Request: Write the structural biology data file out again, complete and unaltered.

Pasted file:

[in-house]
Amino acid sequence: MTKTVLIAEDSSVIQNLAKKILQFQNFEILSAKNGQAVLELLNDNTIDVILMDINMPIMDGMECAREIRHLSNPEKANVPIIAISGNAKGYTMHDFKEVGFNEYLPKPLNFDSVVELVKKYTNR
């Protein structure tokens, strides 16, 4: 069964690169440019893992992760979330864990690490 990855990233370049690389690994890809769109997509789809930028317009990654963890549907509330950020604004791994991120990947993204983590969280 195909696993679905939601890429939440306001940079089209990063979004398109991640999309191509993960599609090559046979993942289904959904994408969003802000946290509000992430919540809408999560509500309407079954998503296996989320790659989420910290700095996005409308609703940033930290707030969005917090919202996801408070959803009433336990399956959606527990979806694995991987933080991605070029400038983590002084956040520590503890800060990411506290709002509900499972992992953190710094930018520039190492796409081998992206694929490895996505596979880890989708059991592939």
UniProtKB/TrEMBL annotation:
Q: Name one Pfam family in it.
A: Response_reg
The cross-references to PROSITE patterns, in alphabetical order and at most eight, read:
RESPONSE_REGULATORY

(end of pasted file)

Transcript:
[in-house]
Amino acid sequence: MTKTVLIAEDSSVIQNLAKKILQFQNFEILSAKNGQAVLELLNDNTIDVILMDINMPIMDGMECAREIRHLSNPEKANVPIIAISGNAKGYTMHDFKEVGFNEYLPKPLNFDSVVELVKKYTNR
């Protein structure tokens, strides 16, 4: 069964690169440019893992992760979330864990690490 990855990233370049690389690994890809769109997509789809930028317009990654963890549907509330950020604004791994991120990947993204983590969280 195909696993679905939601890429939440306001940079089209990063979004398109991640999309191509993960599609090559046979993942289904959904994408969003802000946290509000992430919540809408999560509500309407079954998503296996989320790659989420910290700095996005409308609703940033930290707030969005917090919202996801408070959803009433336990399956959606527990979806694995991987933080991605070029400038983590002084956040520590503890800060990411506290709002509900499972992992953190710094930018520039190492796409081998992206694929490895996505596979880890989708059991592939």
UniProtKB/TrEMBL annotation:
Q: Name one Pfam family in it.
A: Response_reg
The cross-references to PROSITE patterns, in alphabetical order and at most eight, read:
RESPONSE_REGULATORY